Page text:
Analyzing Data

Help your students learn a critical 21st Century skill

Data analysis is the process of interpreting the meaning of the data we have collected, organized, and displayed in the form of a table, bar chart, line graph, or other representation. In this teacher guide, you can learn the importance of utilizing data analysis with your students and strategies for teaching students how to conduct data analysis. Students can also transfer their learning to other subjects.

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Updated on: March 15, 2007
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How can you make it happen?

Students in the primary grades view a graphical display as a collection of individual parts and are chiefly interested in the part that represents information about them. As they progress into the intermediate grades, they begin to consider the whole picture represented by the graphical display, and look for ways to describe and summarize it. Students can make observations about the shape (for example, the arc of a bell curve or the clustering of scatter plots) and range of the data, and determine the median and mode.

As students continue into the middle grades, their analysis broadens to include comparing two data sets or two characteristics within one data set. At this stage, it is important to help students develop an understanding of a data set as a subset, or sample, of a larger data set or population. Help them learn to make inferences, extrapolations, and conjectures on the relationship of a particular data set to other sets within that larger population. Data collected from a fourth grade class could be used to make inferences about the entire fourth grade population at a school. Data collected from a local pond could be used to make predictions about all pond habitats in the geographic region.

In a scatterplot, students can begin to analyze the data by asking questions such as:

  • Which two values are being compared?

  • What is the relationship between the data sets?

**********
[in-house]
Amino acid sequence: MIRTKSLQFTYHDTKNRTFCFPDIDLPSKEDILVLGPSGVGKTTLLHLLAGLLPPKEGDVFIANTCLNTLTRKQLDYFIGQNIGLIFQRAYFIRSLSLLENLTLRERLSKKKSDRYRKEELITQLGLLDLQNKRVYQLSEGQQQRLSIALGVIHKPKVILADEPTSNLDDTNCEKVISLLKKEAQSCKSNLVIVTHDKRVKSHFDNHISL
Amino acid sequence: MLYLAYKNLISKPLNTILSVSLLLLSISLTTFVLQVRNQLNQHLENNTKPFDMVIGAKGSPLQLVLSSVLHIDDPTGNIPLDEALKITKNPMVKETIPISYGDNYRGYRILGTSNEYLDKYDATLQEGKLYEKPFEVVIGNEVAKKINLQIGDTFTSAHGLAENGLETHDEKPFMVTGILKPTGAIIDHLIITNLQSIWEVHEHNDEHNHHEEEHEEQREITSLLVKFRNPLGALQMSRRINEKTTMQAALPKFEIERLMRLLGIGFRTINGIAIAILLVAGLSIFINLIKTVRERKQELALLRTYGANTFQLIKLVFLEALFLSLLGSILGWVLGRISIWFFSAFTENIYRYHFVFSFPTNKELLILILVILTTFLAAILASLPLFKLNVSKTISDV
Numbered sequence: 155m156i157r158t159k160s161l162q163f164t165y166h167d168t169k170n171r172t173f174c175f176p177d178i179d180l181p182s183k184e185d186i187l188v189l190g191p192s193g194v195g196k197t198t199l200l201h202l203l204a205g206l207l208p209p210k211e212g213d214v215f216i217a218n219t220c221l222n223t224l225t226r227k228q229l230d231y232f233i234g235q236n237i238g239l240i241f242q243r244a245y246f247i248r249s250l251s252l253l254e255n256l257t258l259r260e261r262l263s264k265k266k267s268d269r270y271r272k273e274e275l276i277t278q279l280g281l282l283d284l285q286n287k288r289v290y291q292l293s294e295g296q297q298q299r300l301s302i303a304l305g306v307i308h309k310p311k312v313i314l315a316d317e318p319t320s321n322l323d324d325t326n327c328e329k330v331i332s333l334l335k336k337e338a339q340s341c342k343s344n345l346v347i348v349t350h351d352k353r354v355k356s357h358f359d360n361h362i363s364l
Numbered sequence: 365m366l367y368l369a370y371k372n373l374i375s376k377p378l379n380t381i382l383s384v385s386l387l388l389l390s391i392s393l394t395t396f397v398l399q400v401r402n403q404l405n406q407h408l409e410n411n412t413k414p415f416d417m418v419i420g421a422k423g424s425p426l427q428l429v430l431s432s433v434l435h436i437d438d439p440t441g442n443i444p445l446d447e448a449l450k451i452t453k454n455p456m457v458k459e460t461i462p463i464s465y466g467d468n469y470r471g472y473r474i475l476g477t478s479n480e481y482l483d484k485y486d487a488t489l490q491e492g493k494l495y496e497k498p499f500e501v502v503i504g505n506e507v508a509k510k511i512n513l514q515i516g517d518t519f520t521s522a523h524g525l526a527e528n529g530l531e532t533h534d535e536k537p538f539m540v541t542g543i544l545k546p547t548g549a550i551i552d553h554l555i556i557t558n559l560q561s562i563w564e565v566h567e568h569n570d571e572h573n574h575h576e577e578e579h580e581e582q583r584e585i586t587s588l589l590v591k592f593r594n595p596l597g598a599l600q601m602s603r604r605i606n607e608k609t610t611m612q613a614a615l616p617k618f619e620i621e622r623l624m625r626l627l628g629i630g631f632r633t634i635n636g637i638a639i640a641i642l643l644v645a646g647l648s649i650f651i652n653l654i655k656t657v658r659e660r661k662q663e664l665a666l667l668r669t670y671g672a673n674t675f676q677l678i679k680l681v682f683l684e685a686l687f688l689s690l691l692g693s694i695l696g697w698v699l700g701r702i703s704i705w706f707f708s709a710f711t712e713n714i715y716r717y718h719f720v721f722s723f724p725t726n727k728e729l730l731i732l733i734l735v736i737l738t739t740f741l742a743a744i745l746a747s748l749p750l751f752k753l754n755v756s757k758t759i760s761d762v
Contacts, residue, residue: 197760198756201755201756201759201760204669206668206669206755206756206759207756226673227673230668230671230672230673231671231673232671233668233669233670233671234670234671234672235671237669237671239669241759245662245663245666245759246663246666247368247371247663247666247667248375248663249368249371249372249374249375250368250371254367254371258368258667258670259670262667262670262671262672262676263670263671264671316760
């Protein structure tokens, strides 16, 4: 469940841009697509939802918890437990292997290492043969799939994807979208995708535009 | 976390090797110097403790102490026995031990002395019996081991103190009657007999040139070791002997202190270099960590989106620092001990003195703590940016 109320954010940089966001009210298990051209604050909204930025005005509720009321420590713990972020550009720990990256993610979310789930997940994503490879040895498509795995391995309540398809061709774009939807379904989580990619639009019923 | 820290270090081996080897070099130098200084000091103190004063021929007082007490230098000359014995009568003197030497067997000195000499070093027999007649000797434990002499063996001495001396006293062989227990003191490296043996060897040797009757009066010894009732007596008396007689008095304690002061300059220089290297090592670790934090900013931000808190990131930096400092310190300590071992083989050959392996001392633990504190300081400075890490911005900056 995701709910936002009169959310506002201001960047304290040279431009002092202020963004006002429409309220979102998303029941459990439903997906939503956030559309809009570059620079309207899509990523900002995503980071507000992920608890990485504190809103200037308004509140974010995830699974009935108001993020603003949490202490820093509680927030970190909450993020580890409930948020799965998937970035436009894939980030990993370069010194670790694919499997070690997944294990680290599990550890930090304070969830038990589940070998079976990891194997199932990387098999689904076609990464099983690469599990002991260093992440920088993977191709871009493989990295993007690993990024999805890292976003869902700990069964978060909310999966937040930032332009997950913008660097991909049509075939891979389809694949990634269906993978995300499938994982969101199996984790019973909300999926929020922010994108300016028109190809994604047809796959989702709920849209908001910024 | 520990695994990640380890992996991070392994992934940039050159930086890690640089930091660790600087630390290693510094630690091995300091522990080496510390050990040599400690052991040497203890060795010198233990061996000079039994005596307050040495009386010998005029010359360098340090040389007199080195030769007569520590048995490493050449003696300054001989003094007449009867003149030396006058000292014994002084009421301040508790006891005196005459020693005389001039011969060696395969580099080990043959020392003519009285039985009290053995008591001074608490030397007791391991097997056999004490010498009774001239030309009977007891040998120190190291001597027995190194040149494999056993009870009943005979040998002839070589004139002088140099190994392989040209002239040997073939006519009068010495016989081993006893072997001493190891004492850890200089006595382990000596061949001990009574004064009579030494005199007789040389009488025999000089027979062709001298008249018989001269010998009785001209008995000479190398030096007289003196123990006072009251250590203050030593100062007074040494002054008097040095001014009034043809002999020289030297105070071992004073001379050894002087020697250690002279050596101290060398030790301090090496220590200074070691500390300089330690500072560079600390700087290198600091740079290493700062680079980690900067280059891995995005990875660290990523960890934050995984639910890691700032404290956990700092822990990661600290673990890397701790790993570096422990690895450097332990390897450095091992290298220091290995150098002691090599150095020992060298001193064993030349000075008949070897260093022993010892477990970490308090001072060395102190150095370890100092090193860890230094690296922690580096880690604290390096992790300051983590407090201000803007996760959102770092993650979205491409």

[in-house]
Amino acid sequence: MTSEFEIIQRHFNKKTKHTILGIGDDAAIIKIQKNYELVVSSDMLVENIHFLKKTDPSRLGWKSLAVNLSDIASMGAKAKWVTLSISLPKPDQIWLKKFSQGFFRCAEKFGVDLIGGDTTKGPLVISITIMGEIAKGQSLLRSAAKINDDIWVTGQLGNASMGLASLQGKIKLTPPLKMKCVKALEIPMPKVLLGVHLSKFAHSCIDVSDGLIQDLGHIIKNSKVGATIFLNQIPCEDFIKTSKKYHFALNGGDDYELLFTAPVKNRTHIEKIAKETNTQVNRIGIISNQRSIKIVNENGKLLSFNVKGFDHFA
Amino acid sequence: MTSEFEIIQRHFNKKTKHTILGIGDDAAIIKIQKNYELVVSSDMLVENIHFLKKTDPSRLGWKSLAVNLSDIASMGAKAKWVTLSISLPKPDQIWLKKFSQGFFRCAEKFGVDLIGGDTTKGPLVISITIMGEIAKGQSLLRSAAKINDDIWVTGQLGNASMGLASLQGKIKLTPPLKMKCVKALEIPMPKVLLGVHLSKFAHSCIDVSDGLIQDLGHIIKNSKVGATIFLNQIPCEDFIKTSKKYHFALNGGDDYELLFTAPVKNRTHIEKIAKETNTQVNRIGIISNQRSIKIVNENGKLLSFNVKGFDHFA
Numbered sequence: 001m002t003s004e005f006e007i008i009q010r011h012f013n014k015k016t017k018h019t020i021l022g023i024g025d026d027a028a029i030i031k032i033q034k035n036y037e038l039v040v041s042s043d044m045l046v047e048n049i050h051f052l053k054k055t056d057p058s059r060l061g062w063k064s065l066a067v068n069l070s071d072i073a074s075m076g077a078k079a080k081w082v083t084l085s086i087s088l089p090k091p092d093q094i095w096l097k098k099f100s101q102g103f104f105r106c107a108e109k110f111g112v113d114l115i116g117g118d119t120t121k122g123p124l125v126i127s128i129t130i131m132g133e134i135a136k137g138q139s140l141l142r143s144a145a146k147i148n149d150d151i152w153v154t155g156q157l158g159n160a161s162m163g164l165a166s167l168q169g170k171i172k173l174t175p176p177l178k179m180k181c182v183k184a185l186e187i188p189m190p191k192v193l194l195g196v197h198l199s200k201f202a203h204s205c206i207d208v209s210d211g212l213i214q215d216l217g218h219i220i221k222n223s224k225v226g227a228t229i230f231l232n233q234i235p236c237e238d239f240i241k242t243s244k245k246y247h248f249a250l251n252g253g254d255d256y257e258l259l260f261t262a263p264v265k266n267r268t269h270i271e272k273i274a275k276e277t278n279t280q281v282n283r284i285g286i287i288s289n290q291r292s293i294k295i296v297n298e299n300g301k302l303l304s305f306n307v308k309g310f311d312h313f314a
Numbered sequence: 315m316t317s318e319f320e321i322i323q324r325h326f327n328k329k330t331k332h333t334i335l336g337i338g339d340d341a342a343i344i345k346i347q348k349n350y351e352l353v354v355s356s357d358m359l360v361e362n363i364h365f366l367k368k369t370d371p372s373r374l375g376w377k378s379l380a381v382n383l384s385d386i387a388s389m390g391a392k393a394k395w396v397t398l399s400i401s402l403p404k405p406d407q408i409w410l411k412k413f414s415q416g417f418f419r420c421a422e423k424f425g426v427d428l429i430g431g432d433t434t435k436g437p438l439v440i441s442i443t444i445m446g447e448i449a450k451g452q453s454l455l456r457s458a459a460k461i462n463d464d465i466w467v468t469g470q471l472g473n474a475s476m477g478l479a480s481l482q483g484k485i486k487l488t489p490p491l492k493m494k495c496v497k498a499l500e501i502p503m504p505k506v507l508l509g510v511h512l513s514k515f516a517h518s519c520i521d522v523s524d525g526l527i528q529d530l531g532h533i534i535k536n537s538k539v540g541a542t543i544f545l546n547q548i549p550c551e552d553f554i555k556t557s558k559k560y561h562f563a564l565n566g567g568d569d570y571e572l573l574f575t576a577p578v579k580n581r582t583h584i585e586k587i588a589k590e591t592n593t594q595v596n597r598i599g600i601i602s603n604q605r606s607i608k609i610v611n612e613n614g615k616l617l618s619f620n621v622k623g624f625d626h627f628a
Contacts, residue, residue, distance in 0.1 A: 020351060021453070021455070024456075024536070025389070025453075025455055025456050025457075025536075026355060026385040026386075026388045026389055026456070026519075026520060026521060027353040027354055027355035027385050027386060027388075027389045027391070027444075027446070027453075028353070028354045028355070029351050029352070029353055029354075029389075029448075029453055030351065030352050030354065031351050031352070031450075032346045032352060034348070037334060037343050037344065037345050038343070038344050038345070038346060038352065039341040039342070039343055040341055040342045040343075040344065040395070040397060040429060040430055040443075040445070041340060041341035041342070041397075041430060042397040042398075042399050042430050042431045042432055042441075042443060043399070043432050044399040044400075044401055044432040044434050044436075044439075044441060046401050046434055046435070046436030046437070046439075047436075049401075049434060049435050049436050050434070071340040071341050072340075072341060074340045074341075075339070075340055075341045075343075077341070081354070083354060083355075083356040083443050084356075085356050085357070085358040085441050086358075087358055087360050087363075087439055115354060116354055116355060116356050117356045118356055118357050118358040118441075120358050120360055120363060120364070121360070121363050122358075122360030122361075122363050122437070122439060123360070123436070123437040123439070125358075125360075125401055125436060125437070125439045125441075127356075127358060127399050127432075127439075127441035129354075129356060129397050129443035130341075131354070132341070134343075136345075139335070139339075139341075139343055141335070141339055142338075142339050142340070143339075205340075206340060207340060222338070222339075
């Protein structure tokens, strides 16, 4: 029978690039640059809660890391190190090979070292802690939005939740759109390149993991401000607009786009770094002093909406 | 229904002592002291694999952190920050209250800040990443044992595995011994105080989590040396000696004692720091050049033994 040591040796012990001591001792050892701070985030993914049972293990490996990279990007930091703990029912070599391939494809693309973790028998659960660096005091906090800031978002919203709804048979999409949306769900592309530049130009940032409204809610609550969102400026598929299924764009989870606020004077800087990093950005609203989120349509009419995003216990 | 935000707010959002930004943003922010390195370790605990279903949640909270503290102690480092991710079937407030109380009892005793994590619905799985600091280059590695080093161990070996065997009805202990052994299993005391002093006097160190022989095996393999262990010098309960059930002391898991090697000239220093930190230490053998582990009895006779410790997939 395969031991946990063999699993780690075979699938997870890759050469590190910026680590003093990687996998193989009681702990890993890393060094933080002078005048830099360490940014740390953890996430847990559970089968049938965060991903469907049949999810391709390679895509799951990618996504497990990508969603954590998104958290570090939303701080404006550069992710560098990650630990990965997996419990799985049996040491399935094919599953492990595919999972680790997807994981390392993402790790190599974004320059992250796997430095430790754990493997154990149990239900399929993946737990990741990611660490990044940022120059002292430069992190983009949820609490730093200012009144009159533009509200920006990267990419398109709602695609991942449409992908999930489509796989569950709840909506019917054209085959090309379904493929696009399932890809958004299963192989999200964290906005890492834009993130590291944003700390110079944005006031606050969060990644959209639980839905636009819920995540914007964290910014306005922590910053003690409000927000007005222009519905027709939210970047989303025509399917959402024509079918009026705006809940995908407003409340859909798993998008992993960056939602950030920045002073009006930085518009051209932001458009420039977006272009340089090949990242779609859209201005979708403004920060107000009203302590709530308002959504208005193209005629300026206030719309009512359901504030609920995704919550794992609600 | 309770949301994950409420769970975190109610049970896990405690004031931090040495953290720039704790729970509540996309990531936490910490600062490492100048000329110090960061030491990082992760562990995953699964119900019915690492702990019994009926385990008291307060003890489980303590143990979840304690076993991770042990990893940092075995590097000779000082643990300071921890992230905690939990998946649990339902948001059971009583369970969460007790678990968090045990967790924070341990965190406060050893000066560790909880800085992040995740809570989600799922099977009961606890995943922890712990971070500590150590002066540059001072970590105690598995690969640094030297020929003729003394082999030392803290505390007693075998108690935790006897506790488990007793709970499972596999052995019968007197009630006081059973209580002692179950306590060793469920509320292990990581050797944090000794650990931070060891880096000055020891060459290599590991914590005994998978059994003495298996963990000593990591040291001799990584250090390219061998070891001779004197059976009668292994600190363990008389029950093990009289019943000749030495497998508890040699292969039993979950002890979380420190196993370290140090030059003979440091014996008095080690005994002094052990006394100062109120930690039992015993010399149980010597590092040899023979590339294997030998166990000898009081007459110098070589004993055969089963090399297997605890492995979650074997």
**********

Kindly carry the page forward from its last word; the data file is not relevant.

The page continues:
• Why do you think there is a relationship?

  • Was this a valid sample of the population? Are all second-graders represented?

  • Would the data be the same if the sample were first-grade students?

  • What can you infer about the data?

  • What conclusions can be drawn about the data? Why?

Encourage students to support and justify their answers by referring to the data.

With older students, discuss the margin of error that is possible in surveys, and how sampling can misrepresent a population. For example, surveying a crowd outside a bookstore and asking them about their favorite actors may yield a very different result than surveying a crowd outside an acting school. Students should be able to evaluate the sampling of a population and understand how the samples might be distributed throughout a population to determine if there was any bias in reporting the data.

Your role in helping students progress through the different skill levels in data analysis is complex. The key is to:

  • Provide students with lots of practice looking at graphs and other forms of representation, both those made by the students themselves as well as those from other sources. These should include representations that accurately reflect the data set on which they are based as well as those that do not.

  • Teach students the skills they can use to summarize data. You should introduce skills, such as determining the measures of center (mean, median, and mode), identifying range, outliers, quartiles, and so on, as they are appropriate.

  • Teach students the correct statistical terms so they have the words necessary to clearly convey their thinking; terms such as axis, range, median, correlation, interval, and so on, should become part of their vocabulary.